Fig. 1
figure 1

The colonies on a chocolate agar plate after 72 h of incubation

Fig. 2
figure 2

The colonies on a blood agar plate after 6 days of incubation

Fig. 3
figure 3

Gram staining (magnification: 1,000×)

Fig. 4
figure 4

Weak acid fast staining (magnification: 1,000×)

Fig. 5
figure 5

Phylogenetic tree of the isolate

Antimicrobial susceptibility test

An antimicrobial susceptibility testing was performed using the E-test (Zhengzhou Autobio), in which in the McFarland and M-H plates (Tianjin Jinzhang) are adjusted to 0.5 and incubated at 35 °C with 5% CO2 for 48 h. The results from the patient described in this report and from those in previous studies are summarized in Table 2. The strains in the previous studies were also tested using the E-test after 48 h of incubation. The isolate from the present report was resistant to ceftazidime and susceptible to penicillin, ampicillin, amikacin, erythromycin, ceftriaxone, imipenem, gentamicin, and vancomycin.

Table 2 Antibiotic susceptibility testing of Gordonia terrae in the present study and previous studies


The Gordonia genus includes 29 species, including G. bronchialis, G. aichiensis, G. rubropertincta, G. sputi, and G. terrae, which are associated with human disease [2]. G. terrae is an aerobic bacillus that grows slowly (a culture time of >48 h is needed) and is most frequently identified in the environment. However, G. terrae also infects patients with reduced immune status and causes brain abscesses, duct-associated blood infections, and cholecystitis and nephrapostasis after transplantation [36]. Lai et al. retrospectively identified 7 G. terrae strains from among 15 Gordonia strains from 9 cases of infection at a Taiwanese university hospital (1997–2008), and all infected patients had a reduced immune status [7].

Unfortunately, Gordonia, Rhodococcus, Nocardia, and Mycobacterium are all actinomycetes and can easily be misidentified during smear microscopic analysis and biochemical testing. In addition, G. terrae can metabolize rhamnose and produce acid, but cannot metabolize raffinose, which may increase the likelihood of confusing it with Rhodococcus. Nocardia can generate aerial hyphae on blood agar plates and provide positive results during lysozyme resistance testing, while Mycobacterium might also be confused with G. terrae based on its production of mycolic acid during high-performance liquid chromatography [8]. Therefore, the definitive identification of these bacteria should be performed using 16S rRNA sequence analysis.

Peritoneal dialysis is the main therapy for patients with end-stage renal failure, although patients with a reduced immune status may easily experience peritonitis. A 15-year retrospective analysis of infectious peritonitis associated with peritoneal dialysis in China revealed that the identification rate of gram-positive bacilli increased from 0% during 1990–2000 to 5.6% during 2001–2005 [9]. In addition, four cases of peritoneal dialysis-related peritonitis involved bacilli found to be gram-positive on the third day of culturing, with 3 cases that involved G. terrae. However, identification of G. terrae took 7–32 days, and the antibiotics were subsequently changed from cefazolin to vancomycin [10]. In the present case, the patient’s peritoneal fluid was confirmed as being gram-positive after 51.76 h of culturing, although 15 days were required to complete the definitive identification of the bacteria, which prevented us from adjusting the patient’s antibiotic treatment because he had been discharged before we obtained the definitive identification. The mass spectrometry results correctly identified the isolate as Gordonia, although it incorrectly identified the species. Thus, although mass spectrometry is convenient and rapid, it may not be able to accurately identify rare bacterial strains. After we confirmed the isolate’s identity using 16S rRNA sequencing, we contacted the mass spectrometry engineer and reconstructed spectrograms for the species.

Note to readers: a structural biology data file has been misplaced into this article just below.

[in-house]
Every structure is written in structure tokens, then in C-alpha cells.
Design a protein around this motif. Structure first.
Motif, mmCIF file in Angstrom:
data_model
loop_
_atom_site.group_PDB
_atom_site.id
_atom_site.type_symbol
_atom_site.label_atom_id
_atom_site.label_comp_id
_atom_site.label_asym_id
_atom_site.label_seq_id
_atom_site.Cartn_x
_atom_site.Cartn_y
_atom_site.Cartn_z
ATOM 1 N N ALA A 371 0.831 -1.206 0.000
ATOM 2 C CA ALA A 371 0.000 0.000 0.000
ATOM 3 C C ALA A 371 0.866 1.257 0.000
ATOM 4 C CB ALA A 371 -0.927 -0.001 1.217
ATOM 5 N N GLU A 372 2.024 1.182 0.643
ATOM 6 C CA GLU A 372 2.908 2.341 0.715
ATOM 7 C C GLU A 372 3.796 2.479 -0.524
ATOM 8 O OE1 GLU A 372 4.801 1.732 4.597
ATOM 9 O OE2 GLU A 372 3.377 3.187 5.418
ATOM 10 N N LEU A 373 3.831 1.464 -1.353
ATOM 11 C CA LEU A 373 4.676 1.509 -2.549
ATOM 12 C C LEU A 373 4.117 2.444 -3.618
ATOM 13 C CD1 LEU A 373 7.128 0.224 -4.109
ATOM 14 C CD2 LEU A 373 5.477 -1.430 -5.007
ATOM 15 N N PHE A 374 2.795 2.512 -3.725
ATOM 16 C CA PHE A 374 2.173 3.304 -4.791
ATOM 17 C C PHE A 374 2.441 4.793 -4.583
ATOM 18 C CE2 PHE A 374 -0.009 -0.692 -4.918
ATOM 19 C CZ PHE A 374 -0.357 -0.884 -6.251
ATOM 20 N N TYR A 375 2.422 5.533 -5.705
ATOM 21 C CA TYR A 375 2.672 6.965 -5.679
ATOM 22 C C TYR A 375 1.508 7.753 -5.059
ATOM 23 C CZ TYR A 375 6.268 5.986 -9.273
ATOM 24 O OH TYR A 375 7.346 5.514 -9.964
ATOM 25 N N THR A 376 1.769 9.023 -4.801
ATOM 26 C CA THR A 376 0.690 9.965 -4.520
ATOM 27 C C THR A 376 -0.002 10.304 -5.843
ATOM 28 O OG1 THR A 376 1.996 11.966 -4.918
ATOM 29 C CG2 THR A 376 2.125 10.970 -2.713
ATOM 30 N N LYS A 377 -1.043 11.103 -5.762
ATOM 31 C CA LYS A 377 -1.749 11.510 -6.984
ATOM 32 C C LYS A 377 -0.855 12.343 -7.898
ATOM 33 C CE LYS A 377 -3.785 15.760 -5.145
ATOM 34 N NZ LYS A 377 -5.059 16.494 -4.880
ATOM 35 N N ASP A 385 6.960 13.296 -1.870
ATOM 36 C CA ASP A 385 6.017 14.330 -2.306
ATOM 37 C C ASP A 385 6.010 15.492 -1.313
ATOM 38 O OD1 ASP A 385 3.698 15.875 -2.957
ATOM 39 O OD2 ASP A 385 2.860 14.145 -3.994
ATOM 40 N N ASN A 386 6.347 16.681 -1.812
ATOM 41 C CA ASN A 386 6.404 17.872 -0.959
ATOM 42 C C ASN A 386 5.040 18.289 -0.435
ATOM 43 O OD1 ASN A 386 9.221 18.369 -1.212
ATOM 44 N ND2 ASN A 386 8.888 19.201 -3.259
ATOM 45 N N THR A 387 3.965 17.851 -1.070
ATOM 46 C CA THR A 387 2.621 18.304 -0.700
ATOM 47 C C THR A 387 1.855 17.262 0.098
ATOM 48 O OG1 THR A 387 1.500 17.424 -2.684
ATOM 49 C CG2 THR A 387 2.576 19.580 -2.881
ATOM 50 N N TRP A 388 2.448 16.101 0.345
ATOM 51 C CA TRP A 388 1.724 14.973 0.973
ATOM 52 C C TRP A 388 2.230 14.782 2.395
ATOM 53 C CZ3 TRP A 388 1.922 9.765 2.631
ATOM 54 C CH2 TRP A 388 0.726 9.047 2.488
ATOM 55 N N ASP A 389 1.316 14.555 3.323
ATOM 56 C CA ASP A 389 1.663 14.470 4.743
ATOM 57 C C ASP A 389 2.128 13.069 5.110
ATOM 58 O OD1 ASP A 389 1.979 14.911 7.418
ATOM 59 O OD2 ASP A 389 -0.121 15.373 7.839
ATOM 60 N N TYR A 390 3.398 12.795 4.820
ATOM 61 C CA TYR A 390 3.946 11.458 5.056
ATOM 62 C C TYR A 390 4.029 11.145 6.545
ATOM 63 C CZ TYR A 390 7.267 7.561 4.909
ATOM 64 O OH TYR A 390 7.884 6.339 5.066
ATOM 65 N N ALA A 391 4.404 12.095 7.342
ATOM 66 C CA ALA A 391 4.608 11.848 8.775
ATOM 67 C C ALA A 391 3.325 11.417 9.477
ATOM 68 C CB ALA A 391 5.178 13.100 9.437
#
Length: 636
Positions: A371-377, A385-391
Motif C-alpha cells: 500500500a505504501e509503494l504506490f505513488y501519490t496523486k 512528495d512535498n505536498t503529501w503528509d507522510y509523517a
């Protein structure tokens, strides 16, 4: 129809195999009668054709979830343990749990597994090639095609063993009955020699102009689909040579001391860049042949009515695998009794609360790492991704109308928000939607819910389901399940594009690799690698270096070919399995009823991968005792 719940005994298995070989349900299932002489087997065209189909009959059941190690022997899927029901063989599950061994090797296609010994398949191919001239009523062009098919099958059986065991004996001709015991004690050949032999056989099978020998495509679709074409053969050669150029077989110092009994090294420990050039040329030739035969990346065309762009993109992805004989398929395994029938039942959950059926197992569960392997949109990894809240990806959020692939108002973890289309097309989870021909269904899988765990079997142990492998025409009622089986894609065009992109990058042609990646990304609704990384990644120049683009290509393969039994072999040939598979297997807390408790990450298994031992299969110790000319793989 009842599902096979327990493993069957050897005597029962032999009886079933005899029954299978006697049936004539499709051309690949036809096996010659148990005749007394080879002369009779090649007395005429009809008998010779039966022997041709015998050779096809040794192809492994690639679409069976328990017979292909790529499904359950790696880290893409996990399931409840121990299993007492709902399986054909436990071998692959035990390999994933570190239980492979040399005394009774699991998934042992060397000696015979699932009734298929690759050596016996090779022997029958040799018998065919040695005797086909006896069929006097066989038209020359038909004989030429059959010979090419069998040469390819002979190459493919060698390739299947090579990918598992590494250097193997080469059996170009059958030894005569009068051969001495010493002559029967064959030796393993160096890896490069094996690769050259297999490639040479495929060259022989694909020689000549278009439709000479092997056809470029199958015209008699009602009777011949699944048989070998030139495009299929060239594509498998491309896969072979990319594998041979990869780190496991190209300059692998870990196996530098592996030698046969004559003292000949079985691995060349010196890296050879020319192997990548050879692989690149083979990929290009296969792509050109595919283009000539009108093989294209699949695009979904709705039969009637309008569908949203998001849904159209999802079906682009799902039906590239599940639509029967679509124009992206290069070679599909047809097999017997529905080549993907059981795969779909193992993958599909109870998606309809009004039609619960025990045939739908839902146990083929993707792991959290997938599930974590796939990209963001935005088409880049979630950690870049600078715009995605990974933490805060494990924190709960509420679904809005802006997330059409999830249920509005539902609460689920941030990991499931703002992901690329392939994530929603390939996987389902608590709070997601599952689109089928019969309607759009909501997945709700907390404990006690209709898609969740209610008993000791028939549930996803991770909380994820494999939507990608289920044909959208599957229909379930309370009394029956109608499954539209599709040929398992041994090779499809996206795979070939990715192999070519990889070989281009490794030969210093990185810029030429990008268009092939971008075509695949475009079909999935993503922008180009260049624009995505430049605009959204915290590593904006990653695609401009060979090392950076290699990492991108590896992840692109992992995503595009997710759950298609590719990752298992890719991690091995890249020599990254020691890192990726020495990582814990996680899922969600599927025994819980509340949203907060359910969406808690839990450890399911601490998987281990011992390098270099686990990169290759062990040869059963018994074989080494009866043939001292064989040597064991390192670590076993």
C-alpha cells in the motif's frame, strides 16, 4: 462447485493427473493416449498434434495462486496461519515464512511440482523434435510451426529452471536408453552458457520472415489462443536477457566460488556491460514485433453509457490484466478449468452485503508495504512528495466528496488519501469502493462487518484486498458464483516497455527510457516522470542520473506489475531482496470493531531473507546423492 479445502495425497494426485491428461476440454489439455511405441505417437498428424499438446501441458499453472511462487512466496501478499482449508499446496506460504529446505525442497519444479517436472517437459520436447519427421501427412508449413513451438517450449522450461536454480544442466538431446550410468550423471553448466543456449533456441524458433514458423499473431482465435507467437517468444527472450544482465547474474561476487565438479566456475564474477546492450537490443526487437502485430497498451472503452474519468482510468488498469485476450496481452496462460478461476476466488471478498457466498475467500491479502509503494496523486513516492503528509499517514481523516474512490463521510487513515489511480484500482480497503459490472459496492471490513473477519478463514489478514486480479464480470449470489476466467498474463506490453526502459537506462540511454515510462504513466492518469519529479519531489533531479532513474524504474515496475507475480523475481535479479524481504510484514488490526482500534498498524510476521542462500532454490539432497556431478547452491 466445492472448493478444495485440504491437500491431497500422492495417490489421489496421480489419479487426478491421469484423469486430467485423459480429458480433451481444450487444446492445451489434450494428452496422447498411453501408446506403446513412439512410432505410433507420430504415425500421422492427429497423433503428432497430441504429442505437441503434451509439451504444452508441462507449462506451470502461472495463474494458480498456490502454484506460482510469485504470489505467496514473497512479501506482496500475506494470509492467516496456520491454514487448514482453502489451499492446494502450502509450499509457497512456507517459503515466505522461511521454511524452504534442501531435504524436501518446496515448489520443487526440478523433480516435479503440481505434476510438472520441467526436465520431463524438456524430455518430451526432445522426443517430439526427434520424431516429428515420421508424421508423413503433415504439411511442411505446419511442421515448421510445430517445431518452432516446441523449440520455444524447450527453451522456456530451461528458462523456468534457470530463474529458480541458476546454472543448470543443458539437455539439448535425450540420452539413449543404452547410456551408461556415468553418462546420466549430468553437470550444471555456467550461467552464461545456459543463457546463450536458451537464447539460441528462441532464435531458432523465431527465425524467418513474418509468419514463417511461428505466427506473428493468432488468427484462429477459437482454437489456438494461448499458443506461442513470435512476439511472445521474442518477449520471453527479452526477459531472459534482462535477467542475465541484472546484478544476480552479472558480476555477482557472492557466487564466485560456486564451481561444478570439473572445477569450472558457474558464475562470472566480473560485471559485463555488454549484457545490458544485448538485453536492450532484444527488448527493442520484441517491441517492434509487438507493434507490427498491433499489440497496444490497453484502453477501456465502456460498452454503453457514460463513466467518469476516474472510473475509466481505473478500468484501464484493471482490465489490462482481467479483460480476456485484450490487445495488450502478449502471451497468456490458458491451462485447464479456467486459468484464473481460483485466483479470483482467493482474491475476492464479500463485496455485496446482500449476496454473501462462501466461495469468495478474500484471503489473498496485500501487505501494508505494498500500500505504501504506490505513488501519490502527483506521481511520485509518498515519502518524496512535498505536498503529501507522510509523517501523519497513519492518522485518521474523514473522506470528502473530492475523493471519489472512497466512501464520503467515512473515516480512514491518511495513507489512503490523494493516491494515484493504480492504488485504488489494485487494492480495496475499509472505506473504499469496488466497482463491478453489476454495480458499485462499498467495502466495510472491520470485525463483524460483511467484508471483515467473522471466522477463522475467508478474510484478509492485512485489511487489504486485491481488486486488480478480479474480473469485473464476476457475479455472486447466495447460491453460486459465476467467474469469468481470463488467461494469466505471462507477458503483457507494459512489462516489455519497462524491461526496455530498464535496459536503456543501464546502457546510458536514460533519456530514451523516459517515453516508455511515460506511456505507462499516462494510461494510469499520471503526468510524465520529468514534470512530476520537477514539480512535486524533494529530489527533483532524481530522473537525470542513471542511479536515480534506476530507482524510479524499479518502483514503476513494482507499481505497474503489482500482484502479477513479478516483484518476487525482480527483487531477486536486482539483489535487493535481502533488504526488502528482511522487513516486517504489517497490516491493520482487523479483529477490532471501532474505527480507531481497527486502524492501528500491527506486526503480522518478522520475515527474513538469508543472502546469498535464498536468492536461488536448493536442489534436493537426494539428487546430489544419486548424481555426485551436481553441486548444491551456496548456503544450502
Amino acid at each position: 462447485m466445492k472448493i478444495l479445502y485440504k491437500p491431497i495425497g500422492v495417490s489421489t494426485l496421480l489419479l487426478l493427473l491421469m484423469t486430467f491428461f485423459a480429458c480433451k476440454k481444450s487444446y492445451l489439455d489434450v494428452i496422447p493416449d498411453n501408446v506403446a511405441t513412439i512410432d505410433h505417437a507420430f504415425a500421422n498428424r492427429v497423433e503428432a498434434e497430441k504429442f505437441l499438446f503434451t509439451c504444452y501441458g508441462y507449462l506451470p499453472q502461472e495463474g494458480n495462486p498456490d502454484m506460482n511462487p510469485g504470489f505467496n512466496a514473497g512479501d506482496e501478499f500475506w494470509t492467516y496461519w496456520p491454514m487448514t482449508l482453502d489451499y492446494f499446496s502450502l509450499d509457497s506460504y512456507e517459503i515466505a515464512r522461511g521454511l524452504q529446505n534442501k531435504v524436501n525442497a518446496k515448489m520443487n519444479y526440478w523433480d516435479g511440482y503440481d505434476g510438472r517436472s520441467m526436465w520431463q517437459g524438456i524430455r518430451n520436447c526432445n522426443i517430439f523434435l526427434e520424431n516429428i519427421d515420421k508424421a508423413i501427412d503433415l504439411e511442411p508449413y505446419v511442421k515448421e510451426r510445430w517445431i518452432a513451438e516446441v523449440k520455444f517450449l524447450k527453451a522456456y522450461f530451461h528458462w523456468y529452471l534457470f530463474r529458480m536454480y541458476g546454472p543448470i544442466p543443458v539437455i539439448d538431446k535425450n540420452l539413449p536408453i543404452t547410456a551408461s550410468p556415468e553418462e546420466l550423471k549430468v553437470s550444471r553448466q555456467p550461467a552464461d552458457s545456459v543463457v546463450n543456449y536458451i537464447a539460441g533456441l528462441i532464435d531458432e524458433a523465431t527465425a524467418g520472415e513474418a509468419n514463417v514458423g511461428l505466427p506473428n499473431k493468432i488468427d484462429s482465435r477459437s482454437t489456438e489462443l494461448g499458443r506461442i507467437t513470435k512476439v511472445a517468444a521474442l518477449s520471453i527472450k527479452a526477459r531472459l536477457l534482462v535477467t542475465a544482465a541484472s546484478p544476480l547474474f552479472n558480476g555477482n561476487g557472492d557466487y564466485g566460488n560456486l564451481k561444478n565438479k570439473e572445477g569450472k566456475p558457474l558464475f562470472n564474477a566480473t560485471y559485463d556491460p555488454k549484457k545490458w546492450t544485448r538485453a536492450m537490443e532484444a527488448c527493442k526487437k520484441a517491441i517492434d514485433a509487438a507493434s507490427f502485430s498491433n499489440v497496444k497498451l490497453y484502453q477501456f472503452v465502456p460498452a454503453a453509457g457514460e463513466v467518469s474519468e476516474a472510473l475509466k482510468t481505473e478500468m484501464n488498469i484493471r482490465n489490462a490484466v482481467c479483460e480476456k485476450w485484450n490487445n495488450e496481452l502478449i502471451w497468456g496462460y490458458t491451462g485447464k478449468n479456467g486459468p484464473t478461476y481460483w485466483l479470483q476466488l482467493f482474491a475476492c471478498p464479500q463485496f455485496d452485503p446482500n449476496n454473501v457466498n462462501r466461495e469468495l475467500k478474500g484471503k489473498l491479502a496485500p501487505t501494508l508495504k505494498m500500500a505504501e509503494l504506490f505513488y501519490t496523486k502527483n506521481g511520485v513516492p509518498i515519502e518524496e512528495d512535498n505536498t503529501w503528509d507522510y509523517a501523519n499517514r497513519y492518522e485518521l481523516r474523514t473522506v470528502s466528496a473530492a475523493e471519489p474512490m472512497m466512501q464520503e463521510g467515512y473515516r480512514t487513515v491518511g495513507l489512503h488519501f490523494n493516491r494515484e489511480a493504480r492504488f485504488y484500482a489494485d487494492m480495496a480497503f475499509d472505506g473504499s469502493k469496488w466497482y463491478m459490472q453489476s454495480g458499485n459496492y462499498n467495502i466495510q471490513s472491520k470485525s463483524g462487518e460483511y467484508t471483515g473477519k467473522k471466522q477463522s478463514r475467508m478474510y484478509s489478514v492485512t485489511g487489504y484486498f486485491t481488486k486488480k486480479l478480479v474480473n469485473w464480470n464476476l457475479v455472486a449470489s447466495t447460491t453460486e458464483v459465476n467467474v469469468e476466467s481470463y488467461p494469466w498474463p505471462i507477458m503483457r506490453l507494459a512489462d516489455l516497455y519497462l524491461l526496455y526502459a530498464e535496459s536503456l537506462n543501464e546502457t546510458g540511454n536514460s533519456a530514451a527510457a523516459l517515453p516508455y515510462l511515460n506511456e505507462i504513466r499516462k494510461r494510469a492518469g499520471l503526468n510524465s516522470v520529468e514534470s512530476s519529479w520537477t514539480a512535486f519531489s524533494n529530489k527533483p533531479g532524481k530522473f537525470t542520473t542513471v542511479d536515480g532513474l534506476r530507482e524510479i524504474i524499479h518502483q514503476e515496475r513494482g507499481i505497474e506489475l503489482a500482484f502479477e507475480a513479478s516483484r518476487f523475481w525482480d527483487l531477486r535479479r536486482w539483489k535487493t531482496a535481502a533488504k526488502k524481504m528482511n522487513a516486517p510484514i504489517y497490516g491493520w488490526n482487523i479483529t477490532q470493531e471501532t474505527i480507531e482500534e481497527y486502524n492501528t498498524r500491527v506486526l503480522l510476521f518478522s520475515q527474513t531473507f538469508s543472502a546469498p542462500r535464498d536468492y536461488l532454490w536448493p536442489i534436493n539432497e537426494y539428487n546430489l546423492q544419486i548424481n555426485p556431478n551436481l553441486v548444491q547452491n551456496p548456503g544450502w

Interestingly, we have not found any evidence regarding the appropriate antibiotic therapy for Gordonia. Johnson et al. reported that G. terrae is sensitive to most antibiotics (including β-lactams, glycopeptides, and carbapenems), although the treatment course is too long for patients with peritonitis [11]. For example, the previous reports regarding G. terrae indicated that at least 3 weeks of vancomycin therapy were needed to prevent secondary infections. Therefore, clinicians should carefully consider the development of secondary peritonitis in patients with peritoneal dialysis caused by G. terrae. In addition, efforts should be made to rapidly and definitively identify the responsible strain in order to facilitate effective therapy.


The present case is the first report of an peritoneal dialysis-related peritonitis caused by Gordonia terrae in mainland China. The findings from our case and the previously reported cases indicate that peritoneal dialysis-related peritonitis caused by Gordonia terrae can be difficult to identify and treat. It may be especially challenging to diagnose these cases in countries with limited diagnostic resources. In addition, resistance to the antimicrobial agents were observed in isolates from the present patient as well as previous reports.


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Availability of data and materials

The near-complete length GenBank 16S rRNA sequences for Gordonia terrae, which support the conclusions of this report, are included as Additional file 1.

Authors’ contributions

CRH and YY conceived and designed the experiments. ZYL and CRH collected the information regarding the case and contributed to the data acquisition, analysis, and interpretation. CRH, ZYL, and YY wrote and revised the manuscript. All authors read and approved the final manuscript.

Competing interests

The authors declare that they have no competing interests.

Consent for publication

Written informed consent was obtained from the patient’s family member for publication of this case report and the accompanying images.

Ethics approval and consent to participate

The experimental protocols were approved by the institutional review board of Shanxi Dayi Hospital.

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Correspondence to Chenrui Hou.

Additional file

Additional file 1:

16S rRNA sequence analysis. (DOCX 58 kb)

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Hou, C., Yang, Y. & Li, Z. A Chinese patient with peritoneal dialysis-related peritonitis caused by Gordonia terrae: a case report. BMC Infect Dis 17, 179 (2017).